Military Wiki
No. 12 Commando
Active 1940–1943
Country United Kingdom United Kingdom
Branch British Army
Type Commando
Role Raiding
Size ~ 250 officers and men
Part of Special Service Brigade

Second World War

Combined Operations Shoulder Patch Insignia of Combined Operations units it is a combination of a red Thompson submachine gun, a pair of wings, an anchor and mortar rounds on a black backing

No. 12 Commando was a battalion-sized commando unit of the British Army during the Second World War. Formed in 1940 in Northern Ireland, they carried out a number of small-scale raids in Norway and France between 1941 and 1943 before being disbanded and its personnel dispersed to other commando units.


The commandos were formed in 1940, by the order of Winston Churchill the British Prime Minister. He called for specially trained troops that would "develop a reign of terror down the enemy coast".[2] At first they were a small force of volunteers who carried out small raids against enemy occupied territory,[3] but by 1943 their role had changed into lightly equipped assault infantry which specialised in spearheading amphibious landings.[4]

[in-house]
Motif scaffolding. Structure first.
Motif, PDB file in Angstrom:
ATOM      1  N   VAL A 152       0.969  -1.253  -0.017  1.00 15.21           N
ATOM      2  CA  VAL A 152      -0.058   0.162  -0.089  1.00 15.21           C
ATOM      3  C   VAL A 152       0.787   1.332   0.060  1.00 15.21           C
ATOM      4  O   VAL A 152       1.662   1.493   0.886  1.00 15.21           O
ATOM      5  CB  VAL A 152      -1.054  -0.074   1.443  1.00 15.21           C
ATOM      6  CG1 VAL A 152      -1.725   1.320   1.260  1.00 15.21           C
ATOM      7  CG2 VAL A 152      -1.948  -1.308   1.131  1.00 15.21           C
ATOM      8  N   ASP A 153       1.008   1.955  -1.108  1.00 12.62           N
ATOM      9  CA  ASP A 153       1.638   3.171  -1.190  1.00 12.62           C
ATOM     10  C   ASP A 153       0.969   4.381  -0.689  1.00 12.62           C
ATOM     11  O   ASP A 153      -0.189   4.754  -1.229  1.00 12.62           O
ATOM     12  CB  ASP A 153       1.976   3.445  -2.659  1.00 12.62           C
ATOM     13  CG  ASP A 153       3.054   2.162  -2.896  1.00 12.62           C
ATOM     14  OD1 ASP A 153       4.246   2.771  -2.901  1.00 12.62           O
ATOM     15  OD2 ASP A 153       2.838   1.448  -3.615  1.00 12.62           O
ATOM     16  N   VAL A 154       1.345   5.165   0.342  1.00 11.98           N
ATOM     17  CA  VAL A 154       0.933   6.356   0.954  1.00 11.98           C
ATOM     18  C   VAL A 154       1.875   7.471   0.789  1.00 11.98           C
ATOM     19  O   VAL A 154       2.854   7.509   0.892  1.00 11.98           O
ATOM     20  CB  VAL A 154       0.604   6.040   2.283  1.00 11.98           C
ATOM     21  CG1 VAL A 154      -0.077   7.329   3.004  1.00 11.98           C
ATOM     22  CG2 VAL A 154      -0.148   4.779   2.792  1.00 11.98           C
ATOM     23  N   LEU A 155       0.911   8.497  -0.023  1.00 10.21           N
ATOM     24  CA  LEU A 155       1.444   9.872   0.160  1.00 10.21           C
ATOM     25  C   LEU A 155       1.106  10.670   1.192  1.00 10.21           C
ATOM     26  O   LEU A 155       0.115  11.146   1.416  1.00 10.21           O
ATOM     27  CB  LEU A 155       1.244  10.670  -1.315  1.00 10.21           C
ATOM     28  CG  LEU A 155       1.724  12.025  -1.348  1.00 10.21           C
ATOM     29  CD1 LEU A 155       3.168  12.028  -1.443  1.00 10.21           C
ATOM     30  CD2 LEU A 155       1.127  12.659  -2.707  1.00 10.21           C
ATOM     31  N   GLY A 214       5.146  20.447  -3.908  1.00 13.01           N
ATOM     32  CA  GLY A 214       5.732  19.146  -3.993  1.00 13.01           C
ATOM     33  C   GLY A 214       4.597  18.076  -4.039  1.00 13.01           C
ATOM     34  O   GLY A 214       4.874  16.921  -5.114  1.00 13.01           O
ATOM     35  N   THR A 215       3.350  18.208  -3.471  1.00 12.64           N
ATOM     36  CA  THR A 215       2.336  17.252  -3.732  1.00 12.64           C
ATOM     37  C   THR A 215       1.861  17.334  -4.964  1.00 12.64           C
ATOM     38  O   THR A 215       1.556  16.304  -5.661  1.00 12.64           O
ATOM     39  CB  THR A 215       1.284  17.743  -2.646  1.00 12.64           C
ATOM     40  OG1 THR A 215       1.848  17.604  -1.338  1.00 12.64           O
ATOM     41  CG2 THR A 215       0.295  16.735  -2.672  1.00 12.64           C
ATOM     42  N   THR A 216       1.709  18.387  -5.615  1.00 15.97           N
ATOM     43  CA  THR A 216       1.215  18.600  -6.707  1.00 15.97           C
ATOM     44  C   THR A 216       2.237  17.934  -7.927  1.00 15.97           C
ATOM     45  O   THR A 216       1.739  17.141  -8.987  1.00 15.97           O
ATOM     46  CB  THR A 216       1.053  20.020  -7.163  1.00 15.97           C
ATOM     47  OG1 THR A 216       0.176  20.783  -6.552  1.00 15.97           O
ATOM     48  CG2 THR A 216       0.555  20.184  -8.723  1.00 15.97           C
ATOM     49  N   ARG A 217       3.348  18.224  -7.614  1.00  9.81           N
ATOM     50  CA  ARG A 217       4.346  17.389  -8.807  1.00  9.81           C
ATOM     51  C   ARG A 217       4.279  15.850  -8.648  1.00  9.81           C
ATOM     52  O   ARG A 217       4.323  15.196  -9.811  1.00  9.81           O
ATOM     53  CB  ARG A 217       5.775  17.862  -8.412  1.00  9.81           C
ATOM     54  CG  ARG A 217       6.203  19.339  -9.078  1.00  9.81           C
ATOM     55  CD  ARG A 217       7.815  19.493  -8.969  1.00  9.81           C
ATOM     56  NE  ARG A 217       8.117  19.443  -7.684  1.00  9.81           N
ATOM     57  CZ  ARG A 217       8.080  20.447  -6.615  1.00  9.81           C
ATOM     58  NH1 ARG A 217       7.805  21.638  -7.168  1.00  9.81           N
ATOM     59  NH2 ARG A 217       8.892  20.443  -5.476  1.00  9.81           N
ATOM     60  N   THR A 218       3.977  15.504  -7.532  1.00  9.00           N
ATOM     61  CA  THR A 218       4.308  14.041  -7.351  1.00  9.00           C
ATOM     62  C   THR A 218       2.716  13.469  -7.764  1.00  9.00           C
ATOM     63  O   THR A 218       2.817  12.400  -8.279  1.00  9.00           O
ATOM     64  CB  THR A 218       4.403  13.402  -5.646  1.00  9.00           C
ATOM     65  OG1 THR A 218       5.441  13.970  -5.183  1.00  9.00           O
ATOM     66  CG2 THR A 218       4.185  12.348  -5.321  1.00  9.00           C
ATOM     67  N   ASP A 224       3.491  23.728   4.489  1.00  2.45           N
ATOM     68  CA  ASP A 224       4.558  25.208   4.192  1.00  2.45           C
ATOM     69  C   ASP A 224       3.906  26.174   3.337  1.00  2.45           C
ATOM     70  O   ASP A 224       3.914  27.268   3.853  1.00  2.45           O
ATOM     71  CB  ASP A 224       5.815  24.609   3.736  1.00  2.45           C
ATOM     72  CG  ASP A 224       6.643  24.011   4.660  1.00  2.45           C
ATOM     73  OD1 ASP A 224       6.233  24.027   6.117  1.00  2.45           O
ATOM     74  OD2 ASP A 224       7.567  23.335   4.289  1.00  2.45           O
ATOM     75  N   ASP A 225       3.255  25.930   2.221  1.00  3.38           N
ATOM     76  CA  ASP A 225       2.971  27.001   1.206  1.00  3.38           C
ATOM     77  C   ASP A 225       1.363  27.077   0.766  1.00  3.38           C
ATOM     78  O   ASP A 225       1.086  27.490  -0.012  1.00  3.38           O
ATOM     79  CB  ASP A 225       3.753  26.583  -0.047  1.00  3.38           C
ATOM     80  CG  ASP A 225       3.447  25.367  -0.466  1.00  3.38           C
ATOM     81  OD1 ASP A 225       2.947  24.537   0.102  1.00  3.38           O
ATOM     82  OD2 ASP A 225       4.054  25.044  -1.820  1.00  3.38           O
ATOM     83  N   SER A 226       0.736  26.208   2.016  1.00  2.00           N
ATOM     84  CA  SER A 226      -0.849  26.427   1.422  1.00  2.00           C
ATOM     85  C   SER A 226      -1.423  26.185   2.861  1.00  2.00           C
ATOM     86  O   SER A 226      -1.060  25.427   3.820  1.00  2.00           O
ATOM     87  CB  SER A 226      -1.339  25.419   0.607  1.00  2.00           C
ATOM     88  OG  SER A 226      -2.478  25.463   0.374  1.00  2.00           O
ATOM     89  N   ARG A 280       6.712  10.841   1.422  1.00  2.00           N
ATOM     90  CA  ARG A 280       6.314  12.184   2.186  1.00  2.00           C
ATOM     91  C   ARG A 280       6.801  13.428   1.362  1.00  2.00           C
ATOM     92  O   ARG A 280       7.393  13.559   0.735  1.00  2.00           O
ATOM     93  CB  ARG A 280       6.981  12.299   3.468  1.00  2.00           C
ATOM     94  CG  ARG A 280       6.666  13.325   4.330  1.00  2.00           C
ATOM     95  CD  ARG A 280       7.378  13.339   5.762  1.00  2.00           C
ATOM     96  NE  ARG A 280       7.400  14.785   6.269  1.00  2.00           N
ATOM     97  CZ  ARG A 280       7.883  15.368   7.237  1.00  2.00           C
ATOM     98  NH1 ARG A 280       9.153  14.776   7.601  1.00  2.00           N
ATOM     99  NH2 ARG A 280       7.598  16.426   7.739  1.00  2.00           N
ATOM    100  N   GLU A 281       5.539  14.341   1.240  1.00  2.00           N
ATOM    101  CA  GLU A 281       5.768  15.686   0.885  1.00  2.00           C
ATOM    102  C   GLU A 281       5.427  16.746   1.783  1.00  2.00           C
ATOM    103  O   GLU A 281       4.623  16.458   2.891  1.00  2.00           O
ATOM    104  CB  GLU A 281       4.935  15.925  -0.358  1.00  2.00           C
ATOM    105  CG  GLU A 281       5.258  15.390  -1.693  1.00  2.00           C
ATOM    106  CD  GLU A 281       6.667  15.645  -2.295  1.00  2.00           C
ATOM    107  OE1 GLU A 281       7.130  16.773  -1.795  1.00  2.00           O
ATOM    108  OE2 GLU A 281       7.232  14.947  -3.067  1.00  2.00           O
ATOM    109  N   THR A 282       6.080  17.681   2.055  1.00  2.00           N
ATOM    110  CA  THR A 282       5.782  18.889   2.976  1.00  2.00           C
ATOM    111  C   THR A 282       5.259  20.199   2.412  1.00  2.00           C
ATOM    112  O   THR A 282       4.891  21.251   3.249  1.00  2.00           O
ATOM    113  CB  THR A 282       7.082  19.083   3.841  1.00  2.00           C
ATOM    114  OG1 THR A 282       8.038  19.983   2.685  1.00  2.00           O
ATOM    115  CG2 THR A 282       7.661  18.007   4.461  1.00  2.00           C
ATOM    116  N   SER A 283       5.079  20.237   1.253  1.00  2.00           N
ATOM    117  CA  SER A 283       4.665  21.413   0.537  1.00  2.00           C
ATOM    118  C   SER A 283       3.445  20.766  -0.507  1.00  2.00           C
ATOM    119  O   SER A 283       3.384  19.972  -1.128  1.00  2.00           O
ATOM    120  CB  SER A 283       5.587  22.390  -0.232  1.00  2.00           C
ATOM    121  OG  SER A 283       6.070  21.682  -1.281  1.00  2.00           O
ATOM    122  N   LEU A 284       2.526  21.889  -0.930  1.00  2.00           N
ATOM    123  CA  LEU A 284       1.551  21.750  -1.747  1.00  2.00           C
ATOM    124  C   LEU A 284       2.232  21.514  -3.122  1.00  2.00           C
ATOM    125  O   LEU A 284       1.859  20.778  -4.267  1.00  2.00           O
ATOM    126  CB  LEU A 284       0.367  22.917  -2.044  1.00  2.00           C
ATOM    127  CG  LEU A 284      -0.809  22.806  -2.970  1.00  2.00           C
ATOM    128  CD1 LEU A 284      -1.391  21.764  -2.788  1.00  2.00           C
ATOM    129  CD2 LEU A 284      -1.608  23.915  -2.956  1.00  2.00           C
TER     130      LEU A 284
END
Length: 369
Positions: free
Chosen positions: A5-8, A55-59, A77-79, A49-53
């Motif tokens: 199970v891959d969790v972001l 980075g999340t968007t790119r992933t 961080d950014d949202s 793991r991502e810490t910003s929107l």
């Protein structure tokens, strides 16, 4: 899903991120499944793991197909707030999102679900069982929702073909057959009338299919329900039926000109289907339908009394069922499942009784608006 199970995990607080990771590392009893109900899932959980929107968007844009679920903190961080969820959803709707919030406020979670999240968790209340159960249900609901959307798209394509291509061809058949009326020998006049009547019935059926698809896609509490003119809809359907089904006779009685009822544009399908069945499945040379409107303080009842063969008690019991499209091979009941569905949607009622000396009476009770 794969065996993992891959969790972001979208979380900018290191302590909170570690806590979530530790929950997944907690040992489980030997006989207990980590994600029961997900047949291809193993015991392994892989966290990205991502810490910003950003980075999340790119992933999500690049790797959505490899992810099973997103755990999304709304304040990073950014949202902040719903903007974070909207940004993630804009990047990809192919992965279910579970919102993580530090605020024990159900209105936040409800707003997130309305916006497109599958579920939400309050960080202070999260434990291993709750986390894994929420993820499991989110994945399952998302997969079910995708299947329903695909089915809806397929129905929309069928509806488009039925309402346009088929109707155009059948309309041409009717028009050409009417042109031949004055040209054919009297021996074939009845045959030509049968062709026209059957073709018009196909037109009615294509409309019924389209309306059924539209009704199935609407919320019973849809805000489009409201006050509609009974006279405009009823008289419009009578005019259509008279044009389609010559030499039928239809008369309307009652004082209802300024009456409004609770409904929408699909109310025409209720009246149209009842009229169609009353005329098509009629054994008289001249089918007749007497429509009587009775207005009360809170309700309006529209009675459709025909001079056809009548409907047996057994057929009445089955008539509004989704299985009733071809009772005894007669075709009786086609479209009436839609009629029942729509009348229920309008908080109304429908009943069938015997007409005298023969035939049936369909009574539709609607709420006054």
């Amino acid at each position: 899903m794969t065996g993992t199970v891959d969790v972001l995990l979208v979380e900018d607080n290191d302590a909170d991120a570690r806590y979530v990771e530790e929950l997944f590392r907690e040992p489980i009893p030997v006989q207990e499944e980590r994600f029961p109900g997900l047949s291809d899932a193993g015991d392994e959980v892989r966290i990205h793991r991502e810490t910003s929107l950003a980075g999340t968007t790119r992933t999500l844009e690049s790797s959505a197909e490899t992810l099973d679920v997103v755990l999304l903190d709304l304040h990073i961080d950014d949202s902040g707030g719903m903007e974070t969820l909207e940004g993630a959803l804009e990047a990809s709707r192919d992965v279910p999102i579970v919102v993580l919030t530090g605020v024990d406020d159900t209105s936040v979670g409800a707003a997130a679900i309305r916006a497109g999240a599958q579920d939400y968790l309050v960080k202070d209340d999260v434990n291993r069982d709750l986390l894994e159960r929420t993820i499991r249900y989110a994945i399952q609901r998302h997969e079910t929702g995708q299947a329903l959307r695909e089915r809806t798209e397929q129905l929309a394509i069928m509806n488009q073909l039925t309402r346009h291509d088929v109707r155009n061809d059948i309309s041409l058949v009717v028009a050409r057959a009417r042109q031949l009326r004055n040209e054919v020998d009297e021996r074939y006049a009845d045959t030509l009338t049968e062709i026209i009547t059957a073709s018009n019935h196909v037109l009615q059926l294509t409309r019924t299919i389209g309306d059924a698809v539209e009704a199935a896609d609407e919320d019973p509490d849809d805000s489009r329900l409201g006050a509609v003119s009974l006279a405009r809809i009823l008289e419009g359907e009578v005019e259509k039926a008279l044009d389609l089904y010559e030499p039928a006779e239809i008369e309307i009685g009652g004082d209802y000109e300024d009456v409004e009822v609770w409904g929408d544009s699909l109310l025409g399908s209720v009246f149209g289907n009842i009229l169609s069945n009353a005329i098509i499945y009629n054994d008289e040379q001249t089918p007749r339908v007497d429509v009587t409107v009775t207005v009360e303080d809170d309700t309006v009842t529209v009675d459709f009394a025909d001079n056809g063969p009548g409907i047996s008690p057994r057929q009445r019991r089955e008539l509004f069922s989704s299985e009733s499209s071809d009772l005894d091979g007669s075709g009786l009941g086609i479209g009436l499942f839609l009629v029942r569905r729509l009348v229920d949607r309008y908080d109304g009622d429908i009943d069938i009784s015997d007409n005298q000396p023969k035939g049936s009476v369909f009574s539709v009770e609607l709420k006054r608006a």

The man initially selected as the overall commander of the force was Admiral Sir Roger Keyes himself a veteran of the landings at Galipoli and the Zeebrugge raid in the First World War.[5] Keyes resigned in October 1941 and was replaced by Admiral Louis Mountbatten.[6]

By the autumn of 1940 more than 2,000 men had volunteered for Commando training, and what became known as the Special Service Brigade was formed into 12 units called Commandos.[6] Each Commando would number around 450 men commanded by a lieutenant colonel. They were sub divided into troops of 75 men and further divided into 15 man sections.[6] Commandos were all volunteers seconded from other British Army regiments and retained their own cap badges and remained on their regimental roll for pay.[7] All volunteers went through the six week intensive commando course at Achnacarry. The course in the Scottish Highlands concentrated on fitness, speed marches, weapons training, map reading, climbing, small boat operations and demolitions both by day and by night.[8]